Beirut, PiL, and Low 

Sound Advice

click to enlarge Beirut
  • Beirut


No No No


File next to: Hall & Oates, Okkervil River, Little Joy

Zach Condon made fans nervous when he talked of scrapping a sprawling and sad follow-up to 2011's The Rip Tide in its final stages of mastering. No No No is a short, bright, keyboard-driven release offered as a Beirut placeholder. Often an unexpected gem can emerge from tossing material out and starting over, as was the case with Laura Marling and this year's Short Movie; the new Beirut album features only nine tracks and less than 30 minutes of music, but it has that endearing bounce of happy soul bands like The Foundations. Tracks like "Gibraltar" and "Perth" have a palliative feel, as though Condon wants to achieve healing through smiles. Perhaps Beirut will someday release the album that might have been. In the meantime, No No No finds the band following the maxim, "Avoid over-thinking." — Loring Wirbel

click to enlarge Public Image Limited
  • Public Image Limited

Public Image Limited

What the World Needs Now...

PiL Official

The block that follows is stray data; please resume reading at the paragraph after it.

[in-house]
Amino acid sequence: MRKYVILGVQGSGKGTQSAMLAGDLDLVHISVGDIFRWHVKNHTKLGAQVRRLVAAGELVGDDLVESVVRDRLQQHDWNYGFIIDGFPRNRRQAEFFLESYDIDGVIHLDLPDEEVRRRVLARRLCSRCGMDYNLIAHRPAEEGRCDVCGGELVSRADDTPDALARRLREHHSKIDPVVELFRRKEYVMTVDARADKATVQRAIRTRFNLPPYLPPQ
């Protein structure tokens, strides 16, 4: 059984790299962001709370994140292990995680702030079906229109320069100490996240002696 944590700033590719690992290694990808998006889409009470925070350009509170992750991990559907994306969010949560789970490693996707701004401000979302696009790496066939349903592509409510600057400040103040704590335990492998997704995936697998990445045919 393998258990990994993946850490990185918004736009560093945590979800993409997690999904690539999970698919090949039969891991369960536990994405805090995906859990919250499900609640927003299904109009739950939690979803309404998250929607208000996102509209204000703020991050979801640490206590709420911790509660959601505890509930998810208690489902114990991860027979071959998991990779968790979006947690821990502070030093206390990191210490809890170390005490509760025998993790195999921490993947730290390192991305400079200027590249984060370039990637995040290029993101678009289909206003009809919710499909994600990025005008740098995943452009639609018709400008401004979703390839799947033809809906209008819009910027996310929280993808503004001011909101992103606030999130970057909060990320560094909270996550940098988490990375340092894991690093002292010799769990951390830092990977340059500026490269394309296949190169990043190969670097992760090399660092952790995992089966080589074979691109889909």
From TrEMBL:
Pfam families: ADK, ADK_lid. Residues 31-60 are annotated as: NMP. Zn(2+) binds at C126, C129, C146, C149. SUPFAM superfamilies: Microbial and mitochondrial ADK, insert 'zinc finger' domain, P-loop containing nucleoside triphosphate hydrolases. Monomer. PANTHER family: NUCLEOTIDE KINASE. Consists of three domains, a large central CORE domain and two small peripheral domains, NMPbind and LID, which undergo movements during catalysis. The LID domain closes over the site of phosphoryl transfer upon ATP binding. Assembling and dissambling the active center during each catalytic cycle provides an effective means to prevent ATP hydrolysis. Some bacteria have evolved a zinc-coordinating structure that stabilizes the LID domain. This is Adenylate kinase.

File next to: The Fall, Killing Joke, Gang of Four

Try wrapping your mind around this: It's been nearly 40 years since Never Mind the Bollocks was released. Back then, the idea that vocalist Johnny Rotten (né John Lydon) could somehow carve out a career niche for himself would have been laughable. But in many ways, his post-Sex Pistols group Public Image Limited were as musically groundbreaking as the Pistols, if not more so. On What the World Needs Now... Lydon shouts insistently while his band cranks out surprisingly melodic (yet menacing) one-chord jams. The phrasing on "Know Now" recalls some of the best moments on PiL's 1986 release, Album. Surf-n-spy guitar enlivens "Bettie Page." Lydon's caterwauling is a decidedly acquired taste, but the overall accessibility of this disc — combining elements of rock, no-wave, dub and hip-hop — renders it quite listener-friendly. — Bill Kopp

click to enlarge Low
  • Low


Ones and Sixes

Sub Pop

File next to: Bill Callahan, Songs: Ohia, Czars

As low-key as its band members are, virtually every song Low releases demands attention, declaring, "I am important — listen closely." When drummer Mimi Parker takes center stage, Low offers a little more soothing happiness, while husband Alan Sparhawk handles the tension and terror. Ones and Sixes fits into the category of mid-2000s albums like The Great Destroyer or Drums and Guns. Low's scary side carries its own stark beauty, like winter days in the band's Duluth home. Try "No Comprende" or "The Innocents" for some appropriate shivers. Even the nine-minute "Landslide," which starts with a metal sludge recalling Sparhawk's side band, Retribution Gospel Choir, ends with a majestic layering of voices approaching that of a gospel choir. And that's what Low consistently provides: sacred music. — Loring Wirbel


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